Long-awaited work begins for Ingleside area park

Officials celebrate start of Henry Burns Park renovations

Macon-Bibb officials and neighborhood residents came out Wednesday for the groundbreaking at Henry Burns Park.
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Macon-Bibb officials and neighborhood residents came out Wednesday for the groundbreaking at Henry Burns Park.

Ingleside neighborhood residents celebrated the start of renovations to Henry Burns Park on Wednesday.

The Ridge Avenue park will receive about $709,000 worth of improvements by the end of the year. The majority of funding comes from blight bond funds, while special purpose sales tax proceeds also are being used.

About 25 years ago a University of Georgia student designed some improvements to the park, but the city of Macon did not have the money for the project at the time, said Steve Wilson, a member of the Ingleside Neighborhood Association.

“Things have now changed,” he said Wednesday. “The local government has now recognized the importance of parks for neighborhoods and for the overall community.”

The improvements will include a resurfaced tennis court and putting in two new playgrounds, including one accessible to children with disabilities. Amenities such as new benches and lighting will be added, as well as “seat walls” that help combat erosion and provide a place to sit.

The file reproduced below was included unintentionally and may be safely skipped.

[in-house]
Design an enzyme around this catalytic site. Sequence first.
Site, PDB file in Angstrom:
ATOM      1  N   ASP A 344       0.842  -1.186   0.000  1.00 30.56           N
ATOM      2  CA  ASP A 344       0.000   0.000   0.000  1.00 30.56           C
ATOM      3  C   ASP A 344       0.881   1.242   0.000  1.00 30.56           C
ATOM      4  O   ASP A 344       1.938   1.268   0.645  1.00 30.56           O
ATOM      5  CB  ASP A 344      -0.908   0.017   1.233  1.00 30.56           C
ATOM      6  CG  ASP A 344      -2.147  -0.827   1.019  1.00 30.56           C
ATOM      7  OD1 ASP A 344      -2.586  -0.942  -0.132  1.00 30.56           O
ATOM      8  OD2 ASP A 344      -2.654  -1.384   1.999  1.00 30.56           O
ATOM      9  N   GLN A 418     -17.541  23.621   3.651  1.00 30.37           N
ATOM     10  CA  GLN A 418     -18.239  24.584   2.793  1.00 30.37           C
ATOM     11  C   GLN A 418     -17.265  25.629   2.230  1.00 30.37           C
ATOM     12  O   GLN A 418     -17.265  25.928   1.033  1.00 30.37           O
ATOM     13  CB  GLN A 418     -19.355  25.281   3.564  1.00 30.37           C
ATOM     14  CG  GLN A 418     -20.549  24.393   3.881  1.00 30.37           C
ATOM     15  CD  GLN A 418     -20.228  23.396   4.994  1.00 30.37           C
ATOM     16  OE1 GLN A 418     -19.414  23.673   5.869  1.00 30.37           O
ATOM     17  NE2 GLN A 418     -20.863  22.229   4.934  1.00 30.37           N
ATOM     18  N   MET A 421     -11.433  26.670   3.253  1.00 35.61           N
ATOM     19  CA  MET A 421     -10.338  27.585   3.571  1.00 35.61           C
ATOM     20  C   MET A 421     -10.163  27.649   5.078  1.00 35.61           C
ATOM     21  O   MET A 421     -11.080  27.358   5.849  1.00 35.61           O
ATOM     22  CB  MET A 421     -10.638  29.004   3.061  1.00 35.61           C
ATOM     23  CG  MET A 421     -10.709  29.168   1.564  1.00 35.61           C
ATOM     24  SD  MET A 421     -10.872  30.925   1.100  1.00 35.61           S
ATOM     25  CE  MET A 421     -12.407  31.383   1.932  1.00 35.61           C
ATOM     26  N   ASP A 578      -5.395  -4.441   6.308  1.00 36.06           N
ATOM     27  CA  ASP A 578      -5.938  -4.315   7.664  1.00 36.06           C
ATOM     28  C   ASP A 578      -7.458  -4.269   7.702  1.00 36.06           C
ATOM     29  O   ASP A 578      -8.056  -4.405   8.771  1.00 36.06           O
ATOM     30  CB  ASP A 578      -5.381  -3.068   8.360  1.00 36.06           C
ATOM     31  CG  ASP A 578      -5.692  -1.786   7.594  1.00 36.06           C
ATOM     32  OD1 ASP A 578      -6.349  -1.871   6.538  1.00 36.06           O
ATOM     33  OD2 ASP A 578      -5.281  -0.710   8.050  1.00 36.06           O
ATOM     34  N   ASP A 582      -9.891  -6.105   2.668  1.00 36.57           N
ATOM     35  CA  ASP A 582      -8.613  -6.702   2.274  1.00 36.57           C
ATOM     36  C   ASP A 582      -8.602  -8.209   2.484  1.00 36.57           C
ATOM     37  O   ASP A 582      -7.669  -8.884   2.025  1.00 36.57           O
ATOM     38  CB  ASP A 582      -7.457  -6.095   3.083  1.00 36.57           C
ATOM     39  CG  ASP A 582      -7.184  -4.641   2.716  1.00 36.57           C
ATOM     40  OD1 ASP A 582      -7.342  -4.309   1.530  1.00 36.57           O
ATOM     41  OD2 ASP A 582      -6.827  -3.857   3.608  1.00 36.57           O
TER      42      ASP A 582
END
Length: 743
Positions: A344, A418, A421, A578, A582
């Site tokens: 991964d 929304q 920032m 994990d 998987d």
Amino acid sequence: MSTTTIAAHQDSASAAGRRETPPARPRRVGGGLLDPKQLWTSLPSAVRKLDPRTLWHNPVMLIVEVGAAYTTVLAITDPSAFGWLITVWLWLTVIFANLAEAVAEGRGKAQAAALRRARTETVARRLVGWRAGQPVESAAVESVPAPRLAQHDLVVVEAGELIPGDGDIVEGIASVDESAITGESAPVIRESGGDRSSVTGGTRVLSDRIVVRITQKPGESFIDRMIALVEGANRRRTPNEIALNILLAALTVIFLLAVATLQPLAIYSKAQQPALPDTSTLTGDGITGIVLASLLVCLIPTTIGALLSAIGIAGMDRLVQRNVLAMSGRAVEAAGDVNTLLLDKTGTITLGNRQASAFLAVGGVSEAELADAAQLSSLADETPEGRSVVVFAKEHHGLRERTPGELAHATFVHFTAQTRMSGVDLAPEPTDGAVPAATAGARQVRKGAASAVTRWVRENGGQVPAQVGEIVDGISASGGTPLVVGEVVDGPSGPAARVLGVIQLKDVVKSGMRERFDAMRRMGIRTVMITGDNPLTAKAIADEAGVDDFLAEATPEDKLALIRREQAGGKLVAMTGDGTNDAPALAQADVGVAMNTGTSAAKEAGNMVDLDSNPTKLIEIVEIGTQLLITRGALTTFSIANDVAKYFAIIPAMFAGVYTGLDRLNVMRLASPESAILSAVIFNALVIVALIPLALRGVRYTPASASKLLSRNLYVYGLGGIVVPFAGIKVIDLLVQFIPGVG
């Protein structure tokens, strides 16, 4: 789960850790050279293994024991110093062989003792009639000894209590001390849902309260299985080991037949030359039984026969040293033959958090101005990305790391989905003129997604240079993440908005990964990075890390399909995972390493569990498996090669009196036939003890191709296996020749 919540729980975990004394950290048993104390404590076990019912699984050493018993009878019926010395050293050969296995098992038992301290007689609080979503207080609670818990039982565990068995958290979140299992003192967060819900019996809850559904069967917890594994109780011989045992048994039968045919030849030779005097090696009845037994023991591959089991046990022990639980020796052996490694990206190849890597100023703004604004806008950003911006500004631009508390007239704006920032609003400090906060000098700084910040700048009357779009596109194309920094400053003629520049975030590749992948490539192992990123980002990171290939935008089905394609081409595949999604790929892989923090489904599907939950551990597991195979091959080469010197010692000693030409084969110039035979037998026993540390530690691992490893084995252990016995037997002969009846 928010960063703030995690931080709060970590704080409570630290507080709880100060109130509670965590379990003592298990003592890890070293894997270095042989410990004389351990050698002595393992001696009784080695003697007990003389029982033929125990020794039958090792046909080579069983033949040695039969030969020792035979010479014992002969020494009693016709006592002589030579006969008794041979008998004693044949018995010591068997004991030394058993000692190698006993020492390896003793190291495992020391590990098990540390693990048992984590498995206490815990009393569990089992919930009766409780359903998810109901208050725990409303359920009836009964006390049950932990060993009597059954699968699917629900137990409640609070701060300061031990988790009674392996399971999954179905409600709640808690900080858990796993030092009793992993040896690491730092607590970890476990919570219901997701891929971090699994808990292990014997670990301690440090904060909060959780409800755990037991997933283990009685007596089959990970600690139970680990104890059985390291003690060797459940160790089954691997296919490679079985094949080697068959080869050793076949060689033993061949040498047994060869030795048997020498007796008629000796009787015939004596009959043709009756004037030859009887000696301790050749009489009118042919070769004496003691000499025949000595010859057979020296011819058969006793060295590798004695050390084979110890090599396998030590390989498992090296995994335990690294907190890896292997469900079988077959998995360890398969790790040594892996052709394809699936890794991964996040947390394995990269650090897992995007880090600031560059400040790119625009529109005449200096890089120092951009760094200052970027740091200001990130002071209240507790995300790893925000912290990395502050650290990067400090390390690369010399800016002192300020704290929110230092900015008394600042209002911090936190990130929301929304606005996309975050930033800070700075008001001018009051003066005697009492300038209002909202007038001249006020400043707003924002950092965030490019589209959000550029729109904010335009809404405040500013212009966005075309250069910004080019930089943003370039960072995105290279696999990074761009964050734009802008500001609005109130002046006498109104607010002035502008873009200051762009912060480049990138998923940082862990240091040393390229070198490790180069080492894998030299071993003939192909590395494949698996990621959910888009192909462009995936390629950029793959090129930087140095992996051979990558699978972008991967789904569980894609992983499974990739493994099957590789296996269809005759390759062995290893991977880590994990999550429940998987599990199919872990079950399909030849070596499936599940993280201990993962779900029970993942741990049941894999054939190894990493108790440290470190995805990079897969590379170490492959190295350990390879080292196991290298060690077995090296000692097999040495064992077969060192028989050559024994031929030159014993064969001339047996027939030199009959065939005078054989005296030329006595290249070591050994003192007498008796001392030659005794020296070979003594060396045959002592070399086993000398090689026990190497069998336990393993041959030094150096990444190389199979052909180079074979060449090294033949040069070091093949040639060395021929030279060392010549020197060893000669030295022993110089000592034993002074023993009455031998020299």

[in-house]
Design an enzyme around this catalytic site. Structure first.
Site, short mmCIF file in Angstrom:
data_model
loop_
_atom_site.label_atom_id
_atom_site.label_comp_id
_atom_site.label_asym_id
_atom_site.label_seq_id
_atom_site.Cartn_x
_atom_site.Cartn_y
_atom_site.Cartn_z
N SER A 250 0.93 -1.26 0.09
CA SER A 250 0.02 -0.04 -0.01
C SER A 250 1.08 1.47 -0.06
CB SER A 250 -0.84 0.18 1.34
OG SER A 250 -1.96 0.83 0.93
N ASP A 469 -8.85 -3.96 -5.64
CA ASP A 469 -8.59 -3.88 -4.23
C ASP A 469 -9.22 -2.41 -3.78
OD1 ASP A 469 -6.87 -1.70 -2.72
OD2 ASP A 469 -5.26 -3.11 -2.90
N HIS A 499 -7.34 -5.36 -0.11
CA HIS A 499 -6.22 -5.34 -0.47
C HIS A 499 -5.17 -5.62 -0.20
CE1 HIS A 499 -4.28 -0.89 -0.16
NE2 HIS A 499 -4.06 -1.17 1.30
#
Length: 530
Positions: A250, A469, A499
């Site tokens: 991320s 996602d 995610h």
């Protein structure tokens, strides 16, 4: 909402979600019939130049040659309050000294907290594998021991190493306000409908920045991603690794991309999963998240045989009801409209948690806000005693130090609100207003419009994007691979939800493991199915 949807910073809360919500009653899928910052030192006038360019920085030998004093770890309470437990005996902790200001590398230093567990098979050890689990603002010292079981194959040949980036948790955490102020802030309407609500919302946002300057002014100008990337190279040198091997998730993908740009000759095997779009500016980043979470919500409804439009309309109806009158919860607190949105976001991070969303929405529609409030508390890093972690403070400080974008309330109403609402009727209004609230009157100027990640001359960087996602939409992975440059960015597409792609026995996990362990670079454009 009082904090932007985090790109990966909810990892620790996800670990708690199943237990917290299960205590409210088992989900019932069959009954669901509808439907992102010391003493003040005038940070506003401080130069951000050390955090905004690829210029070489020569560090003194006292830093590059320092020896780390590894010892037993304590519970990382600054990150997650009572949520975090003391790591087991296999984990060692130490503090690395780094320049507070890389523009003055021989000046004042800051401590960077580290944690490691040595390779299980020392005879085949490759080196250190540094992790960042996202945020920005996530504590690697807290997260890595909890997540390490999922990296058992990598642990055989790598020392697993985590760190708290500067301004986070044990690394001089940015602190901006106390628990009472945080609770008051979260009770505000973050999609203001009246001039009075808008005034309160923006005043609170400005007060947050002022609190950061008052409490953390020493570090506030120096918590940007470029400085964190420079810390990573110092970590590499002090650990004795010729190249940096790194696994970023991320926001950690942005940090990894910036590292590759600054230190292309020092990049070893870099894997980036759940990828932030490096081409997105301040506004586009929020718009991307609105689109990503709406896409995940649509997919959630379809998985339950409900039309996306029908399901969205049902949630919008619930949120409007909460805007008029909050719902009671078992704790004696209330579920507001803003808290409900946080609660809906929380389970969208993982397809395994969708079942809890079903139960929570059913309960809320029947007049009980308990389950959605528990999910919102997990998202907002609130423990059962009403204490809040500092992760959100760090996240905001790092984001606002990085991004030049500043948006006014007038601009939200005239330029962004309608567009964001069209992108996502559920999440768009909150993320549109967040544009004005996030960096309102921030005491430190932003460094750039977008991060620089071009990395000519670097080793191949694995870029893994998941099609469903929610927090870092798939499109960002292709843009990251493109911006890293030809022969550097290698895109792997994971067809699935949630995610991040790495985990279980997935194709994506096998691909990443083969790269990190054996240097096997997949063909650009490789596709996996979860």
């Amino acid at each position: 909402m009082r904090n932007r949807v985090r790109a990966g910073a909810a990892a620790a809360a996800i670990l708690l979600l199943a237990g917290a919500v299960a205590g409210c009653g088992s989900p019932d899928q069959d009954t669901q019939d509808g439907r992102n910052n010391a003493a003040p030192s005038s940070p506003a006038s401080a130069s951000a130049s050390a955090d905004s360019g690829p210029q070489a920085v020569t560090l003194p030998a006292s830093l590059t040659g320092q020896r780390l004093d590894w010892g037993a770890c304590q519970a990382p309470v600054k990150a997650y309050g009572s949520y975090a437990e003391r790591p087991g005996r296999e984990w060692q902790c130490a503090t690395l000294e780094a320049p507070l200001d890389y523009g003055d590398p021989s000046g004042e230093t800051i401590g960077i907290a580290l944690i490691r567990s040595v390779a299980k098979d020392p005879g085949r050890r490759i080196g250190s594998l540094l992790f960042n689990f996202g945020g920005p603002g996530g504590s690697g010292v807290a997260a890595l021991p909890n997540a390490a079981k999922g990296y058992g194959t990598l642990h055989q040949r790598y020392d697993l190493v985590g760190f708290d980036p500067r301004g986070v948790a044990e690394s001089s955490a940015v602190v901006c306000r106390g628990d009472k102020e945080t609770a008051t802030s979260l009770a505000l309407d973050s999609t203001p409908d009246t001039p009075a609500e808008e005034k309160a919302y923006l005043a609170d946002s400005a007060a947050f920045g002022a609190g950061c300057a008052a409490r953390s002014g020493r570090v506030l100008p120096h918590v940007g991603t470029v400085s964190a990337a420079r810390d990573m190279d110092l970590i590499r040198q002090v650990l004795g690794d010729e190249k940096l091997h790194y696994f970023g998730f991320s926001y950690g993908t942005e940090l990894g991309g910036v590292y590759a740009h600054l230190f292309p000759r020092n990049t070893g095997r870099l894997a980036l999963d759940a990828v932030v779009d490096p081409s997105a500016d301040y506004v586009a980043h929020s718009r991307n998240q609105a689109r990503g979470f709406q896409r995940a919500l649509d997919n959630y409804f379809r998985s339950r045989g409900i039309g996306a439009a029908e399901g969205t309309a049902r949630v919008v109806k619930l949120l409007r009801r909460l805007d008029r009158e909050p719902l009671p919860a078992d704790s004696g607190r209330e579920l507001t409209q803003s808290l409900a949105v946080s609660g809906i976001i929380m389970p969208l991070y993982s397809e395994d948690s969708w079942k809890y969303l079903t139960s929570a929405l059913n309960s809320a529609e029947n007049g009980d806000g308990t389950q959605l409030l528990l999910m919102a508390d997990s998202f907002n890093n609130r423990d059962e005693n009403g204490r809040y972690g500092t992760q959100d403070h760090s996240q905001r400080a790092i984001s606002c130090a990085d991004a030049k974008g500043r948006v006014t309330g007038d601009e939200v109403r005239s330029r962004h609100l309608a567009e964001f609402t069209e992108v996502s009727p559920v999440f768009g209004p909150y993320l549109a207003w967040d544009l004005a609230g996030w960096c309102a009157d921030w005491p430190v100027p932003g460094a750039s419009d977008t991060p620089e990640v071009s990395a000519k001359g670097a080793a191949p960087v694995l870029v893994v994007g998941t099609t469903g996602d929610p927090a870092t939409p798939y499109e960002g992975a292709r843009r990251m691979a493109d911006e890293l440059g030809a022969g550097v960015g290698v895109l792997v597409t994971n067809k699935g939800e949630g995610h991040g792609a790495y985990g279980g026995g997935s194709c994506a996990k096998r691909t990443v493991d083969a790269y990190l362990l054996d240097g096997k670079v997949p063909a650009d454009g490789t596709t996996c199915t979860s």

The driveway coming into the park will be widened to allow more than one vehicle to come through at a time. There will also be additional parking space and new signs. The historic Boy Scout hut will also remain on site.

Commissioners Al Tillman, Mallory Jones and Gary Bechtel have so far contributed a combined $575,000 of their allotted blight funds for the Henry Burns Park project. Already, about $40,000 has been spent to tackle drainage issues.

Jones also plans to use some of the proceeds from the sale of the nearby Alexander IV Elementary School building to cover the remaining costs.

Bechtel said the park not only serves Ingleside, but other neighborhoods in the area.

“It is a valuable asset to mothers and families and fathers who want to get their children out into a passive park in an area that is safe and well-maintained,” he said. “The money we’re spending today hopefully will take this project and allow it to serve multiple, future generations as it has served so many previous generations.”

Henry Burns Park in Macon could receive $700,000 in upgrades this summer.

Stanley Dunlap: 478-744-4623, @stan_telegraph